The admission of Arizona as a state of the United States was finally approved in 1912. The first governor was George WP Hunt who was elected seven times, and distinguished himself for the construction of dams and irrigation systems, built to exploit the resources of the Salt, Gila, Verde and Colorado rivers. These works and the mild climate of the Phoenix area allowed for rapid colonization of some areas of the state. The wealth of minerals (especially copper) and agricultural development meant that even during the Great Depression that followed Black Thursday of 1929, Arizona continued to grow demographically and economically. The Second World War allowed a new acceleration of its economy.

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Some factors have allowed the population growth that characterized Arizona to continue, especially between 1950 and 1980 (quadrupling its population in those years). In fact, in the first place the construction of air conditioners in the 50’s allowed a greater demographic growth, many retirees came in search of a mild and dry climate. Secondly, in 1960, Arizona began to develop its own industry, and to pay attention to other sectors, such as tourism, to diversify an economy that until then had been excessively tied to agriculture and mining. Finally, in 1974 construction began on the Central Arizona Project, which allowed for the

Arizona tourism what to see

Tucson – in a valley surrounded by the Santa Catalina Mountains, is a distribution center for vegetables, citrus fruits, cotton, livestock and dairy products, and has rich copper mines. Its industries produce missiles, electronic equipment, steel, paint, soap and clothing. Its warm and dry climate makes it a tourist and holiday center. The most interesting elements of the city are concentrated around the campus of the University of Arizona and the historic center. The Barrio and El Presidio are historic neighborhoods in location.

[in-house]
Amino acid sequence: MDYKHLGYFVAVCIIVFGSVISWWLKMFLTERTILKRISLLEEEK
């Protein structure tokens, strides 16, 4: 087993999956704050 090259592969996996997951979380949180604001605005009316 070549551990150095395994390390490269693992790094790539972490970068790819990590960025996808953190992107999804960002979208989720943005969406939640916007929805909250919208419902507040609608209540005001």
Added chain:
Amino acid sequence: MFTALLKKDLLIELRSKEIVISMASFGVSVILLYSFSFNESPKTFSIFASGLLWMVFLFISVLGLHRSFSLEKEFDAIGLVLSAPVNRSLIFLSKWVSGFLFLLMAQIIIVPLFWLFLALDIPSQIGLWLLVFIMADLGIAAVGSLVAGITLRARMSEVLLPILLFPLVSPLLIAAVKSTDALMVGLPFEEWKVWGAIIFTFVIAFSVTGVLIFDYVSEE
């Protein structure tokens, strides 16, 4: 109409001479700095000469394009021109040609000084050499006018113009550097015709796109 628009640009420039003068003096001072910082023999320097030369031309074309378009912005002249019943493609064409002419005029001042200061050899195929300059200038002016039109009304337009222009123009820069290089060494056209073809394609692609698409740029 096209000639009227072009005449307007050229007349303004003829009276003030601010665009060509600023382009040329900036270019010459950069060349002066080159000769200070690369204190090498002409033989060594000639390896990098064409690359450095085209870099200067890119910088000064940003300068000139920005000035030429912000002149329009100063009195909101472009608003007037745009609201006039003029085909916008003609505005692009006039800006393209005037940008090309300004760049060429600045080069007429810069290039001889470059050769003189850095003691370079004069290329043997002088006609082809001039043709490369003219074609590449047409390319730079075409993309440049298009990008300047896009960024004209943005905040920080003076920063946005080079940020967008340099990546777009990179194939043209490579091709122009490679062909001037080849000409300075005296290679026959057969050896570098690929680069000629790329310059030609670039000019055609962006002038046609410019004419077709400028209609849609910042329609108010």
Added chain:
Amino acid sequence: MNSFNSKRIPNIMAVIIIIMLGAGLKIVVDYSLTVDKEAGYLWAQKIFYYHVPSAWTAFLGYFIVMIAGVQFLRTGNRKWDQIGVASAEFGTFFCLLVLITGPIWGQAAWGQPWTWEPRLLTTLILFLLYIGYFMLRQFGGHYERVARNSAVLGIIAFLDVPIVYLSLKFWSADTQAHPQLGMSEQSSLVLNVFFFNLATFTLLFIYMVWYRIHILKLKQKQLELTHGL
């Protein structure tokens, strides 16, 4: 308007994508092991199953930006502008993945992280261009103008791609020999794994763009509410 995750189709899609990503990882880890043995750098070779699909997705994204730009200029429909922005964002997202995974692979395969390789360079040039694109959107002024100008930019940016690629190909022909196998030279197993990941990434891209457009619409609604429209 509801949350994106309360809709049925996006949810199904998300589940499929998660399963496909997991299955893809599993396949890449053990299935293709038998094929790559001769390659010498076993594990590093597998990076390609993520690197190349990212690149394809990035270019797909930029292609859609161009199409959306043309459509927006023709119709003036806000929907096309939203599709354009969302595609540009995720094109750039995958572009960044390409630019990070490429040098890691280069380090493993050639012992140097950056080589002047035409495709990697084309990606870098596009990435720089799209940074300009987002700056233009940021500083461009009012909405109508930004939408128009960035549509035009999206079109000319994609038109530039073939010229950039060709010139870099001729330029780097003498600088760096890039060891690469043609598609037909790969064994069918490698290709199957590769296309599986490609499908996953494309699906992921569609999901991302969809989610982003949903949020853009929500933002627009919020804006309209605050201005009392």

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central. El Presidio occupies the area where the Spanish fortress once stood. Today many historic buildings have been used as restaurants, shops and offices. Five of the oldest buildings in El Presidio, including J. Knox Corbett House, are located in the area called the Historic Block. They are part of the Tucson Museum of Art. Southwest of the museum is the 1927 Pima County Courthouse, a fine example of the Spanish colonial revival style. St. Augustine Cathedral, with its imposing sandstone facade, is located southwest of El Presidio. The Barrio Historic District, further south, was once a commercial area. Today it has quiet streets lined with brightly colored baked brick houses. In nearby Main Street is El Tiradito’s “altar of wishes”, in the place where a young man was killed for a matter of love and betrayal. Several museums are located on the campus of the University of Arizona. Just outside the city is the Old Tucson Studios western theme park, originally used as a film set since 1939. Some of the most famous Hollywood westerns were filmed here. The city has a symphony orchestra; nearby are Saguaro National Monument, where giant saguaro cacti can be seen, Coronado National Forest and Tucson Mountain Park. Tucson is home to the University of Arizona (1885).